International flights, crowds and a little bit of herd mentality used to fuel the bigger art fairs.
“You go with friends, you meet like-minded people, you find people who support the same artists,” says Emi Eu, project director of S.E.A. Focus and executive director of STPI in Singapore. “Sharing in person is so much more affective and longer lasting.”
In the past year, this was what most organizers, gallerists, and collectors lost when fairs shifted to online platforms. Returning to an entirely physical exhibition, though, could nonetheless be a bigger gamble, as costs for shipping, accommodation, and booth installation might not translate to sales that rely on the host country’s collecting class.
Well aware of the stakes, the third iteration of S.E.A. Focus launched, running until Jan. 31 with the highest number of participating galleries, a roster that includes Artinformal, The Drawing Room, and Silverlens from Manila. Eu credits this rise in number to the fact that they’re able to play with a hybrid format.
The title “Hyper-horizon” couldn’t be more apt, as it invokes a fixed boundary line amid a turbulent sea, but at the same time an uncharted, infinite expanse.
This edition includes an onsite exhibition at Tanjong Pagar Distripark, which they call S.E.A. Focus Curated, and an online showcase, S.E.A. Focus Digital, which is done in partnership with the online market platform, Artsy.
As an anchor event in the annual Singapore Art Week, S.E.A. Focus seems bent on showing how the city-state, as curator Joyce Toh remarks, continues to be an access point to art in Southeast Asia.
Joining the team this year as head of exhibition and programs, Toh explains that she envisioned a show “that would capture the diversity and also the life and spirit of Southeast Asia, so that when you come into this exhibition, you get a feeling for what Southeast Asian contemporary art is like.”
The title “hyper-horizon” couldn’t be more apt, as it invokes a fixed boundary line amid a turbulent sea, but at the same time an uncharted, infinite expanse.
In favor of fluidity, S.E.A. Focus foregoes the booth layout typical of art fairs. The idea is, of course, refreshing, given a climate where we’ve grown weary of physical restrictions, and where the art fair fatigue that built up in pre-COVID years might as well translate to booth fatigue.
For Eu, it’s not so much novel as it is practical. They may be the first to do it in the region but, with travel constraints still in place, she anticipates many other fairs taking on the same format to keep afloat.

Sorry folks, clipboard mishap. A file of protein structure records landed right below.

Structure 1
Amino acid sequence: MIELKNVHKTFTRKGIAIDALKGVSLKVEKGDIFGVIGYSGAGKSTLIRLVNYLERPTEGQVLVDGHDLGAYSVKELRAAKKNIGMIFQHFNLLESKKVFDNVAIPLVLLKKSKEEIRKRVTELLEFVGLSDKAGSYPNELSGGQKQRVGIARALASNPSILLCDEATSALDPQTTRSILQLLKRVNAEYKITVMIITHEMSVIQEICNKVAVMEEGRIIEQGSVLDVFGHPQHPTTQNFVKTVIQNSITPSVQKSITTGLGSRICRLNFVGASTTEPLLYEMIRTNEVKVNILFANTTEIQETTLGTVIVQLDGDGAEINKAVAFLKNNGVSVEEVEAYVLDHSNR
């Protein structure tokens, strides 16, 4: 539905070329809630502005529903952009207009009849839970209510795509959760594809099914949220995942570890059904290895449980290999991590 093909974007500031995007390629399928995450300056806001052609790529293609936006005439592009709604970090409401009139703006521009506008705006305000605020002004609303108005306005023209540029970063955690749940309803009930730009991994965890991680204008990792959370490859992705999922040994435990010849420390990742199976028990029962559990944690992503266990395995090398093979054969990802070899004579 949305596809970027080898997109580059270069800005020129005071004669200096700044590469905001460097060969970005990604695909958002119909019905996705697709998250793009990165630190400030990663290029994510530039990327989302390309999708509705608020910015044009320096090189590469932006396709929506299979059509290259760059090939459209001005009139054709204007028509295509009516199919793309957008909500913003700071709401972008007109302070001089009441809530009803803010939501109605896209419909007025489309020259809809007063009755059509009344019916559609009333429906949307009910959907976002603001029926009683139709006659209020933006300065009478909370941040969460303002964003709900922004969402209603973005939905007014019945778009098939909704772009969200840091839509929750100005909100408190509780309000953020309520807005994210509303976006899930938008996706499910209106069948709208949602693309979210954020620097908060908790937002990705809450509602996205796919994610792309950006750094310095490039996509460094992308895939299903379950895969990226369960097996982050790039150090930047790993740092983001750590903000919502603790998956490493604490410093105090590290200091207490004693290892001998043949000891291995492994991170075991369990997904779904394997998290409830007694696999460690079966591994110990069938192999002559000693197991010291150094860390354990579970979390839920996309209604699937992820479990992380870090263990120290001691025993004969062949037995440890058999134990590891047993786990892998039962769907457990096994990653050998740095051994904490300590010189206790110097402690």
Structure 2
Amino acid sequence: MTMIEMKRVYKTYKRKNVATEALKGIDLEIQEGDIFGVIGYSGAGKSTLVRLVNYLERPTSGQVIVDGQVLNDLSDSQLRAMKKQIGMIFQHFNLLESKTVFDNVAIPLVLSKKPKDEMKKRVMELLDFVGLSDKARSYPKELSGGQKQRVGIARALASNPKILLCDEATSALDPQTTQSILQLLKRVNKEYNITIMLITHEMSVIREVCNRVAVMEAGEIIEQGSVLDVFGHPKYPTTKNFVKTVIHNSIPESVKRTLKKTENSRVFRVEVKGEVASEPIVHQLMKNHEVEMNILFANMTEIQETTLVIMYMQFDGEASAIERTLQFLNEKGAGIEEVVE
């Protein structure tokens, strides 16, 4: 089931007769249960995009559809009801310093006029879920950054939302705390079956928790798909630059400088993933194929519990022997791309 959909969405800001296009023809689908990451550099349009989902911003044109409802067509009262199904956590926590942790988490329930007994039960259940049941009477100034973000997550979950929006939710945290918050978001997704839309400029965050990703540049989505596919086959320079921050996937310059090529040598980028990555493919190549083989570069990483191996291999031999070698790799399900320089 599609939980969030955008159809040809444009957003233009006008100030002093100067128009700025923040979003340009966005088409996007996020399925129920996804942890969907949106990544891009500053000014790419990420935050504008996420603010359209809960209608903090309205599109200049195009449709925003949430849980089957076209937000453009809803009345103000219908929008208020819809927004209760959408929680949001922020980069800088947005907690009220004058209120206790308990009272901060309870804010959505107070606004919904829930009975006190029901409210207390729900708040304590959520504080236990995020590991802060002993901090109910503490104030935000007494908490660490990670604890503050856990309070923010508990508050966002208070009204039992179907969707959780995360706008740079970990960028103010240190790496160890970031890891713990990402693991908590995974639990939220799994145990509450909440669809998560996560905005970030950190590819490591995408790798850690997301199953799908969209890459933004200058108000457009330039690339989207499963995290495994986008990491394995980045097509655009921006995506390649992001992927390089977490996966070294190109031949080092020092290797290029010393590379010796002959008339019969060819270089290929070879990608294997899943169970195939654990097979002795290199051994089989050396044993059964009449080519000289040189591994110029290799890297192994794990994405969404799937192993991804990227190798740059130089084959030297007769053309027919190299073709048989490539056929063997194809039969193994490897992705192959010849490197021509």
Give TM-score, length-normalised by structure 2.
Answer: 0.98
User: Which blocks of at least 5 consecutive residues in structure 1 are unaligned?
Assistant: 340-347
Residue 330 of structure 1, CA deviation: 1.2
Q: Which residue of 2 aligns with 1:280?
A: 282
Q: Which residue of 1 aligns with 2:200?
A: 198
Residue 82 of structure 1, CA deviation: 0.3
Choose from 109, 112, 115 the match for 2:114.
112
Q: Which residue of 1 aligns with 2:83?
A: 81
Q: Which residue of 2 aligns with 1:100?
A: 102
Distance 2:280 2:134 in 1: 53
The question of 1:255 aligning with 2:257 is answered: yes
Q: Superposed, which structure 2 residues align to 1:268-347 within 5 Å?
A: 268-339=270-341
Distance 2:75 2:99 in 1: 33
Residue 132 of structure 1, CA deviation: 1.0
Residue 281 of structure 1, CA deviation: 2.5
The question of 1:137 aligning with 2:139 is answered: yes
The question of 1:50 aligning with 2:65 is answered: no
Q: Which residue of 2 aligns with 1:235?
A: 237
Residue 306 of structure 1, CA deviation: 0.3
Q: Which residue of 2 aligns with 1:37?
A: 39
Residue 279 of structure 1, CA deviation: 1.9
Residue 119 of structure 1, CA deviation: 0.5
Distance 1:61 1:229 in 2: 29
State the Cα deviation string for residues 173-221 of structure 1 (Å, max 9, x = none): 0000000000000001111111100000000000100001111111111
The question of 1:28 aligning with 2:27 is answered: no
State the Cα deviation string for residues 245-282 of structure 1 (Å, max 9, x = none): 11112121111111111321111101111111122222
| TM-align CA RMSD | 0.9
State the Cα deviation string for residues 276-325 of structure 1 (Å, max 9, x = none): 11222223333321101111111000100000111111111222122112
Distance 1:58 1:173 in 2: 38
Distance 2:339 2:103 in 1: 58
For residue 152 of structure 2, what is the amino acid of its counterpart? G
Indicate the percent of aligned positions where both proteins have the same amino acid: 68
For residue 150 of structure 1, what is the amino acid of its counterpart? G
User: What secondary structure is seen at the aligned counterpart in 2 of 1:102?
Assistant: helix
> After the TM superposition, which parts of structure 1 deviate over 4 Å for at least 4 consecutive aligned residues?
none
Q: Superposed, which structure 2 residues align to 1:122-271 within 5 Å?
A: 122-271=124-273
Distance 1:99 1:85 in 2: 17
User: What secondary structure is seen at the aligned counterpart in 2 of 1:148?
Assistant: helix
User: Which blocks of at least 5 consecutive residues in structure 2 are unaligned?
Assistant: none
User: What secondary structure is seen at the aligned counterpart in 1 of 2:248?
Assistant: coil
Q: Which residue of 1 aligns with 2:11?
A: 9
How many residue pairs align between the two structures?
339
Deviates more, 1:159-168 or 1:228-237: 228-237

It’s hard to imagine a younger fair, or at least, less seasoned managers pulling off the same tactic with as little risk. While practical, the logistical changes also rely on the trust built over the years between the galleries and organizers.
“Usually with every fair,” says Toh, “the galleries travel with the works, they hang it, they take care of it.” One gallery even mentioned that it felt like sending off a child without its parents.
Even the two women felt the anxiety – or may we say the suspense? – that came with these unpredictable arrangements. (Would the galleries be sending video works? File sharing seems more convenient these days than shipping!)
To Toh’s surprise, artists and galleries took a chance, sending over major pieces. Among the highlights is Rirkrit Tiravanija’s “untitled 2016 (nothing).” From afar — that is, from my screen — it would be interesting to ask how the site-specific tapestry installation ties into the Thai artist’s more relational practice.
Opposite this scale is Filipino artist Gregory Halili’s miniature paintings where, on capiz shells, he renders the eruption of Taal volcano through oil and ash that filled his studio. Inviting discourse on the region, Singaporean artist Ho Tzu Nyen’s “The Critical Dictionary of Southeast Asia” is installed here as a video work after having gone through various exhibitionary forms.
There is only so much that reproductions can do, which is why the fair’s online presentation goes beyond a virtual viewing room. Editorial segments, public talks, insider tours, virtual visits to artists’ studios and gallery-led webinars are all part of the lineup.
“We’ve always wanted to take S.E.A. Focus further afield, (outside) this region,” says Eu, “and I think online really provided that first step.”
The decision to partner with online market platform Artsy as the host of S.E.A. Focus Digital, as well as with frieze magazine to co-present a talk on the “un/sustainability” of large-scale exhibitions is strategic in expanding reach.
Both outlets are rooted in the west, while still able to initiate connections in Asia through programs like Frieze Academy. While the future of fairs is still being determined, this particular undertaking shows that nimbleness and imagination are key to their staying power.
Running from Jan. 22 to 31, S.E.A. Focus is an initiative led by STPI – Creative Workshop and Gallery and supported by the National Arts Council. For more information on admission, public programs and VIP access, please visit seafocus.sg.
Banner photo from Tropical Future Institute / seafocus.sg.